The roads I follow as a travel photographer mostoften lead me to landmarks and landscapes, festivals and events, people and cultures. But not always. As you can see from the photos here, I consider photographing wildlife one of the requirements of a successful travel photographer.
The picture of the Buddhist nun drinking tea in the Drepung Monastery in Tibet was going to be perfect. The light coming in through a window behind her was capturing the texture of her skin and casting a glow on the tea and the rising steam, and from my training in studio photography I knew how rarely light like this happens in real life. But by the time I’d asked for and received permission to take the photo, the moment had passed: she’d finished her tea and was about to move from the light. So now, along with permission to take the photo, I had to get permission to recreate it.
I’ve seen my share, and I expect you have too, of people who basically spray the area hoping to get a keeper. I’ve also seen photographers who wait…wait…and wait some more to catch that decisive moment. I’m neither of those types. I think of what I do as mindful shooting: I know what I want the photo to look like; I preconceive and previsualize the moment; I control the situation as much as I can to get that moment; and I’m prepared to work with what I’m given and what I can’t control in order to get a good result.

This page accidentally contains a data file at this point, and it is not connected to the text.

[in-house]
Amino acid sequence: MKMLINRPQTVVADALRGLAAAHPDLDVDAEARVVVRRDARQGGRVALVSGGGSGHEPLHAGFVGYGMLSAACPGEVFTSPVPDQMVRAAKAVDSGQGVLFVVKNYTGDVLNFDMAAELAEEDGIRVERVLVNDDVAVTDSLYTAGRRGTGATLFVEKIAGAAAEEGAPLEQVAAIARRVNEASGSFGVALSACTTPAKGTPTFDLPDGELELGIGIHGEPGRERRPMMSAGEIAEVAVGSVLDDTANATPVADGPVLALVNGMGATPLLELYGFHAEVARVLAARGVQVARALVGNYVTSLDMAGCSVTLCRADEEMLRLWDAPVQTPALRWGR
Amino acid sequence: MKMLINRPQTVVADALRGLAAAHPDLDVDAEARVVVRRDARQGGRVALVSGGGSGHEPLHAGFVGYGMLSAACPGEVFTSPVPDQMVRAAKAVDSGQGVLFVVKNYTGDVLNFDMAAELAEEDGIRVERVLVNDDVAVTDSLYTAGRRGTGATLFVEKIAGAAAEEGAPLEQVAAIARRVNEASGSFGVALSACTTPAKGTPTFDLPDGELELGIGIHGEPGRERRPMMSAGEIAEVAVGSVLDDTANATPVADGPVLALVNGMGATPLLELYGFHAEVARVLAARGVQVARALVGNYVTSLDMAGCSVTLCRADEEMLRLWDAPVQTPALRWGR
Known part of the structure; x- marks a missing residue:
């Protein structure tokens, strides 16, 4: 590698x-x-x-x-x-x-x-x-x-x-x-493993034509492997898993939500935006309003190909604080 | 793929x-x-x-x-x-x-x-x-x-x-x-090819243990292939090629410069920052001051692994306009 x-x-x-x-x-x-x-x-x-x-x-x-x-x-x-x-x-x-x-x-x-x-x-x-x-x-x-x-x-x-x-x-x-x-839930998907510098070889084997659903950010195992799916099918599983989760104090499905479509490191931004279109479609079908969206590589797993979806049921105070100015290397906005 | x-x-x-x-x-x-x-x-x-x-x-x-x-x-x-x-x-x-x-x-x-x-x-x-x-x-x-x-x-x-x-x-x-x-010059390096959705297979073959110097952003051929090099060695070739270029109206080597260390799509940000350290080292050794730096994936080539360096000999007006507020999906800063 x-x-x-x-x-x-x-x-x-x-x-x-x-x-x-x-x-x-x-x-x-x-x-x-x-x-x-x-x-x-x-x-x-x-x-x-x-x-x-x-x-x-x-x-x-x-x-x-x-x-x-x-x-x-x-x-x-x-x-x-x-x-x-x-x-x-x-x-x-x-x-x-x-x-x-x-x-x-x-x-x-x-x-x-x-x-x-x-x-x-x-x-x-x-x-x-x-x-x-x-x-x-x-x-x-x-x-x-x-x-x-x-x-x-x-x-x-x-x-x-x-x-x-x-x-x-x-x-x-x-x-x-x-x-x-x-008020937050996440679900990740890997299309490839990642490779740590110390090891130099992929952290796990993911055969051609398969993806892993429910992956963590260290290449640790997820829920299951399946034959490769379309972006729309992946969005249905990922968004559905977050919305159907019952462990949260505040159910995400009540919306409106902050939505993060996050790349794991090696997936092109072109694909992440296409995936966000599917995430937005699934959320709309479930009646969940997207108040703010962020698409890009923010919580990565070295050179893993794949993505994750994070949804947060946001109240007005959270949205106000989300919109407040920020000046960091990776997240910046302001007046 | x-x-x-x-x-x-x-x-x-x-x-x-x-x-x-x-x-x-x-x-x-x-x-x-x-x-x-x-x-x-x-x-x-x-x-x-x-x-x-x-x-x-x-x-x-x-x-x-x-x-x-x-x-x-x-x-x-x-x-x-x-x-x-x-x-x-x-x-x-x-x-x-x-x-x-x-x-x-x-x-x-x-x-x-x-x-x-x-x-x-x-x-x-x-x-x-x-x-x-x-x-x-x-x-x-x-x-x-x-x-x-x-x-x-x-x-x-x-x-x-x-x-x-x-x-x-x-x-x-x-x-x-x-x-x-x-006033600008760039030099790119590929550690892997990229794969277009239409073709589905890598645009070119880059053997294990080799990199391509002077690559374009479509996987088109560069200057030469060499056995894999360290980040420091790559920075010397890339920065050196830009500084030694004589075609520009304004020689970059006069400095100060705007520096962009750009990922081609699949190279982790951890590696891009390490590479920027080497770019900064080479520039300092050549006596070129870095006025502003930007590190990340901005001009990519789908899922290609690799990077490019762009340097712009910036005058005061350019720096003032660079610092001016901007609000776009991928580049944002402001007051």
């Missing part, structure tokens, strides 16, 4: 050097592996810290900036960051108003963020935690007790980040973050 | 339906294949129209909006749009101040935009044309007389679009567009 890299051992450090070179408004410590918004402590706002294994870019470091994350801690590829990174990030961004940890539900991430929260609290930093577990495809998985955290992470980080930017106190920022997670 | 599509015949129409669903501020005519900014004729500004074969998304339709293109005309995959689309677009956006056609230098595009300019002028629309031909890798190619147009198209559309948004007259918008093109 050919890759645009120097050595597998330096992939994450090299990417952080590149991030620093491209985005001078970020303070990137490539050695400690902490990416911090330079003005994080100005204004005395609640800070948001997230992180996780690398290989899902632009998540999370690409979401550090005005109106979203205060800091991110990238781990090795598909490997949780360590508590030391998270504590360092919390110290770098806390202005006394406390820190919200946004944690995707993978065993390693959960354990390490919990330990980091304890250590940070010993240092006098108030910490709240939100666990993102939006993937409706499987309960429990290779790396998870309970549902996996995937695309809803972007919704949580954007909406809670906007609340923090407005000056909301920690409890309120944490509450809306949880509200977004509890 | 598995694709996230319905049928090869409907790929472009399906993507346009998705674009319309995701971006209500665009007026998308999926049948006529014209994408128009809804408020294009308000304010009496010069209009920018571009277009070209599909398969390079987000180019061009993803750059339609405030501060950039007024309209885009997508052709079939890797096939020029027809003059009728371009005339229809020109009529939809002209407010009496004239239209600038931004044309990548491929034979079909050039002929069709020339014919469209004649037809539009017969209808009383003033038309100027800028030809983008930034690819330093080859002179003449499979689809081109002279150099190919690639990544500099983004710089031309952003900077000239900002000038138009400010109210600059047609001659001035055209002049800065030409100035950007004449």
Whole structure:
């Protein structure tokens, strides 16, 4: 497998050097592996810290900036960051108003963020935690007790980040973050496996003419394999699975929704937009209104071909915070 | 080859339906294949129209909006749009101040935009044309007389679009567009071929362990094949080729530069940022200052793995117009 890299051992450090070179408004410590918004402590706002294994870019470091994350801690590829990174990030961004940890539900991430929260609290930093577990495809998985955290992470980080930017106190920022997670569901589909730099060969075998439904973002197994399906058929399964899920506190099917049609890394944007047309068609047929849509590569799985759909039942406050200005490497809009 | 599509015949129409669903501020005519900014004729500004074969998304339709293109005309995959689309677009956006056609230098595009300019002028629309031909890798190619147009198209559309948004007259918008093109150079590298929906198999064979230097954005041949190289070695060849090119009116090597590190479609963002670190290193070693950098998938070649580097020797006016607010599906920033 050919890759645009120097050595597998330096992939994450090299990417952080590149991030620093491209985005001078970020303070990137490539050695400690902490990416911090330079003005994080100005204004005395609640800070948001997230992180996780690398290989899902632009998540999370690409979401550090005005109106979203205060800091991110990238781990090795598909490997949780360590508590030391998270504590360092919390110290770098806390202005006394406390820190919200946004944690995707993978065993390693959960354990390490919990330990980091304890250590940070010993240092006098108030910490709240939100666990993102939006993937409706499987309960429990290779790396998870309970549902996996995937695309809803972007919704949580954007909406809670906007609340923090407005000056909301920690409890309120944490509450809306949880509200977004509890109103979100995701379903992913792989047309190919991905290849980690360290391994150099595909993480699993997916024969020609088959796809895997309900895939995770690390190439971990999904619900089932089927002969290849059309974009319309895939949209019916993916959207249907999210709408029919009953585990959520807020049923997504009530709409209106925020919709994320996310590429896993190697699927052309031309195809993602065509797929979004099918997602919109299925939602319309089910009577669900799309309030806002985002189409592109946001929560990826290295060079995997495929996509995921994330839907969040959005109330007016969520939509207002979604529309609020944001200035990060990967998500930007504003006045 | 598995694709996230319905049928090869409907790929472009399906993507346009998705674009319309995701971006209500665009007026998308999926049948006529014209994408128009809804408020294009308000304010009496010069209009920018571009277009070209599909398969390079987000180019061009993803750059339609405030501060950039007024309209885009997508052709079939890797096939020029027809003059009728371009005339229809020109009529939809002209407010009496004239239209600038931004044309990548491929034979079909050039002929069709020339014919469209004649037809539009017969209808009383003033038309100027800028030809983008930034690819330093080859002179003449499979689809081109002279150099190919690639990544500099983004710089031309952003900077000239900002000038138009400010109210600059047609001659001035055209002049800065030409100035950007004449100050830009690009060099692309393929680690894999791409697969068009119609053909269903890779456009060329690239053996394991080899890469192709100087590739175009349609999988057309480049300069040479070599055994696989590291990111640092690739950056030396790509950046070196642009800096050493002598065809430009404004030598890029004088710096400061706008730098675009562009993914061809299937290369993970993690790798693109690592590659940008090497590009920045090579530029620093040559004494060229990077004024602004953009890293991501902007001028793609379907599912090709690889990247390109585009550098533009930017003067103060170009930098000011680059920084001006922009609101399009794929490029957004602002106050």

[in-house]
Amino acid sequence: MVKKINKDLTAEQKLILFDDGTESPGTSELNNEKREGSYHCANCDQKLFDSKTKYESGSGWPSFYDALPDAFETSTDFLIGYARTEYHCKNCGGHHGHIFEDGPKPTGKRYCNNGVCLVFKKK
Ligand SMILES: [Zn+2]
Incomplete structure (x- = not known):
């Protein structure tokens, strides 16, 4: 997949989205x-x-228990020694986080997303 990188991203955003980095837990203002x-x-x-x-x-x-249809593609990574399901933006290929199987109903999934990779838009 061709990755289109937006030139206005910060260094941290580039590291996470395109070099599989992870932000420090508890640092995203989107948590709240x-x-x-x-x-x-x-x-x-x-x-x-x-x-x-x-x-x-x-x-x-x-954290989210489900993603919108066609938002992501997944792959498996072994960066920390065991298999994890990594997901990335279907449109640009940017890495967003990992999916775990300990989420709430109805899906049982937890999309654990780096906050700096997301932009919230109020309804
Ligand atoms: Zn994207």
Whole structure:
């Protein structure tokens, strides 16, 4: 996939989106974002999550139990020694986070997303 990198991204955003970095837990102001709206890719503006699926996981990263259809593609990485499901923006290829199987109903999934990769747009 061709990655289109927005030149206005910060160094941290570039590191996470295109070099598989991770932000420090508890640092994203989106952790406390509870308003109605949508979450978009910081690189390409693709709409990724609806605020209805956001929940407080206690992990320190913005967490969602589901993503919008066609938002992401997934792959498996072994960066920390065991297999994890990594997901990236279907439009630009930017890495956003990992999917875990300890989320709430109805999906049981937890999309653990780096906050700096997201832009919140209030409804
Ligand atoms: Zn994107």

Early on I lived in Paris, shooting fashion photography. I saw all the iconic places and landmarks, of course, and observed hundreds of people shooting them. When I became a travel photographer, my initial thought was to shoot lots of subjects other than the icons; to make untypical, evocative images of marketplaces, shop fronts, and unexpected details. Pretty quickly I found out the icons defined a place, and even more important, the icons made the money.
I learned photography in the film days, and when the huge change to digital came along, I changed not only my gear but the way I see. I used to have to see in terms of very specific criteria of what would work within the ISO range of my film and what the film could record in terms of light and shadow. Low ISOs meant I couldn’t get enough depth of field, or a tripod was needed, or I had to light something because there wasn’t enough information in pictures that had incredible shadow detail. High ISOs often meant an unacceptable level of grain and bad color rendition. As a result I passed up a lot of situations that got my attention but were beyond the capability of my film to capture.